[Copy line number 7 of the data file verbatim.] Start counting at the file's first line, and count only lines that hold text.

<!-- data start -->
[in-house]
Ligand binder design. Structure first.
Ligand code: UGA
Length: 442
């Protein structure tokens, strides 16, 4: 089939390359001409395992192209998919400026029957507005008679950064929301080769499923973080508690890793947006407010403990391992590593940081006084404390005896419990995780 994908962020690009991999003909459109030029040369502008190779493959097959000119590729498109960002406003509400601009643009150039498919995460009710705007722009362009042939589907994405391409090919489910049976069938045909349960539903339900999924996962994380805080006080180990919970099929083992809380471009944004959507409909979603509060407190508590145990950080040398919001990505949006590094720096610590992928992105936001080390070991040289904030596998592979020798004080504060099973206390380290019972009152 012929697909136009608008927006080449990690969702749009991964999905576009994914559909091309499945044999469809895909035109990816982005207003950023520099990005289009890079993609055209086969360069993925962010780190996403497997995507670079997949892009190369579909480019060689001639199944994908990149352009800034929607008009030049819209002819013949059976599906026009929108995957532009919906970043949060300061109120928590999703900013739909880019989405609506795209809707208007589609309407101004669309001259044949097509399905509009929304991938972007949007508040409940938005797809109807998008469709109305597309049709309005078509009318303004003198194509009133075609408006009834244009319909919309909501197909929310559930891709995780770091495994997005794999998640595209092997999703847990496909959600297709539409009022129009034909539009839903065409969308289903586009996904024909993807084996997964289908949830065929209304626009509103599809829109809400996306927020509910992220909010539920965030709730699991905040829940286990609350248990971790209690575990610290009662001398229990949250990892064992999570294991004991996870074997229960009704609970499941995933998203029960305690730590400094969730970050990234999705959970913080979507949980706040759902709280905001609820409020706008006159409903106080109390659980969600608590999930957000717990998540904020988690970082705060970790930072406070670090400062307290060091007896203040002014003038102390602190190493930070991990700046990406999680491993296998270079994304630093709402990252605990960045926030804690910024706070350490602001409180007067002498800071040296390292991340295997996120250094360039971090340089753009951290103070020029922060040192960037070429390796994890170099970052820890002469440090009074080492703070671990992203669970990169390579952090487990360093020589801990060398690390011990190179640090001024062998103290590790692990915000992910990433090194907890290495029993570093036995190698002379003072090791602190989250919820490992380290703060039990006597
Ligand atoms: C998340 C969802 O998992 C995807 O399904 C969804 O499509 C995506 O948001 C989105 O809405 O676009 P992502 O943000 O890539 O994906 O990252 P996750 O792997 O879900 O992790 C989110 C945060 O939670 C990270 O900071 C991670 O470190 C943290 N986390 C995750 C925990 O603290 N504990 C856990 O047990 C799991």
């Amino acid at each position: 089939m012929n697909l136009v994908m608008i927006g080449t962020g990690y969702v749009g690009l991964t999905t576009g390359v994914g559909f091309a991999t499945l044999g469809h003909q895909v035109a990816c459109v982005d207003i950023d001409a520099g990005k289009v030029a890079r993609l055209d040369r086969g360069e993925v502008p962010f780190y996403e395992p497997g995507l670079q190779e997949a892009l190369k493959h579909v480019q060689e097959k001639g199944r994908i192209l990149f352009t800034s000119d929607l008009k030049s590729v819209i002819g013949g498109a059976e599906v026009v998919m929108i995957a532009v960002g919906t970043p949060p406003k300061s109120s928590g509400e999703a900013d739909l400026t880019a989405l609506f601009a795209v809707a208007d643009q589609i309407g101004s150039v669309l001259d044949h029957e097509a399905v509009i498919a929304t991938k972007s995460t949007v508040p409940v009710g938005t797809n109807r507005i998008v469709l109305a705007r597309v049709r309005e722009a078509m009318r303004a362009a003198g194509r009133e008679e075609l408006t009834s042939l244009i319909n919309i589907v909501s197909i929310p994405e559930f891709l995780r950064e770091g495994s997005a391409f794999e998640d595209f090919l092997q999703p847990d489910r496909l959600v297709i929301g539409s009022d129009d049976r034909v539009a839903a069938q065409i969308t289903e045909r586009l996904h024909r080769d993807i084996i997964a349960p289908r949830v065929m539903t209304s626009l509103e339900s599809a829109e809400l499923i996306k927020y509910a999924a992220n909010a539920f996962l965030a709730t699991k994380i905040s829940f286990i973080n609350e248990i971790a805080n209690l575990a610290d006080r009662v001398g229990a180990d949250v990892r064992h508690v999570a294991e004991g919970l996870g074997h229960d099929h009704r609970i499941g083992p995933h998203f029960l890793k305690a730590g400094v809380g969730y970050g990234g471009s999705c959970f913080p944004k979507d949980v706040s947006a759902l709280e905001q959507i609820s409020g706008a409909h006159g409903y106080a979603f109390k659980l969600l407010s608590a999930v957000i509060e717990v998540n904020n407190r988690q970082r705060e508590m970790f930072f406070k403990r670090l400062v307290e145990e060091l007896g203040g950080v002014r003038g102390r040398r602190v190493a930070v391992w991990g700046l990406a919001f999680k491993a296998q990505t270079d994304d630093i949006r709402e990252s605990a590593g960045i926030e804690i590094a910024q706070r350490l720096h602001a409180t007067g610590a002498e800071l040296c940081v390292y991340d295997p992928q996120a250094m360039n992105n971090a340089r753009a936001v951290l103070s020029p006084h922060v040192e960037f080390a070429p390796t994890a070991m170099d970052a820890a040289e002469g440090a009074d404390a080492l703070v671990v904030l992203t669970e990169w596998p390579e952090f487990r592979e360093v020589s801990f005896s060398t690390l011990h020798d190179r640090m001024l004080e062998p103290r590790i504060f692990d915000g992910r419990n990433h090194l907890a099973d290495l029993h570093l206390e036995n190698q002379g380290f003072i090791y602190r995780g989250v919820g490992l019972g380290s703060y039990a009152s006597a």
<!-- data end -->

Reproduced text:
């Amino acid at each position: 089939m012929n697909l136009v994908m608008i927006g080449t962020g990690y969702v749009g690009l991964t999905t576009g390359v994914g559909f091309a991999t499945l044999g469809h003909q895909v035109a990816c459109v982005d207003i950023d001409a520099g990005k289009v030029a890079r993609l055209d040369r086969g360069e993925v502008p962010f780190y996403e395992p497997g995507l670079q190779e997949a892009l190369k493959h579909v480019q060689e097959k001639g199944r994908i192209l990149f352009t800034s000119d929607l008009k030049s590729v819209i002819g013949g498109a059976e599906v026009v998919m929108i995957a532009v960002g919906t970043p949060p406003k300061s109120s928590g509400e999703a900013d739909l400026t880019a989405l609506f601009a795209v809707a208007d643009q589609i309407g101004s150039v669309l001259d044949h029957e097509a399905v509009i498919a929304t991938k972007s995460t949007v508040p409940v009710g938005t797809n109807r507005i998008v469709l109305a705007r597309v049709r309005e722009a078509m009318r303004a362009a003198g194509r009133e008679e075609l408006t009834s042939l244009i319909n919309i589907v909501s197909i929310p994405e559930f891709l995780r950064e770091g495994s997005a391409f794999e998640d595209f090919l092997q999703p847990d489910r496909l959600v297709i929301g539409s009022d129009d049976r034909v539009a839903a069938q065409i969308t289903e045909r586009l996904h024909r080769d993807i084996i997964a349960p289908r949830v065929m539903t209304s626009l509103e339900s599809a829109e809400l499923i996306k927020y509910a999924a992220n909010a539920f996962l965030a709730t699991k994380i905040s829940f286990i973080n609350e248990i971790a805080n209690l575990a610290d006080r009662v001398g229990a180990d949250v990892r064992h508690v999570a294991e004991g919970l996870g074997h229960d099929h009704r609970i499941g083992p995933h998203f029960l890793k305690a730590g400094v809380g969730y970050g990234g471009s999705c959970f913080p944004k979507d949980v706040s947006a759902l709280e905001q959507i609820s409020g706008a409909h006159g409903y106080a979603f109390k659980l969600l407010s608590a999930v957000i509060e717990v998540n904020n407190r988690q970082r705060e508590m970790f930072f406070k403990r670090l400062v307290e145990e060091l007896g203040g950080v002014r003038g102390r040398r602190v190493a930070v391992w991990g700046l990406a919001f999680k491993a296998q990505t270079d994304d630093i949006r709402e990252s605990a590593g960045i926030e804690i590094a910024q706070r350490l720096h602001a409180t007067g610590a002498e800071l040296c940081v390292y991340d295997p992928q996120a250094m360039n992105n971090a340089r753009a936001v951290l103070s020029p006084h922060v040192e960037f080390a070429p390796t994890a070991m170099d970052a820890a040289e002469g440090a009074d404390a080492l703070v671990v904030l992203t669970e990169w596998p390579e952090f487990r592979e360093v020589s801990f005896s060398t690390l011990h020798d190179r640090m001024l004080e062998p103290r590790i504060f692990d915000g992910r419990n990433h090194l907890a099973d290495l029993h570093l206390e036995n190698q002379g380290f003072i090791y602190r995780g989250v919820g490992l019972g380290s703060y039990a009152s006597a």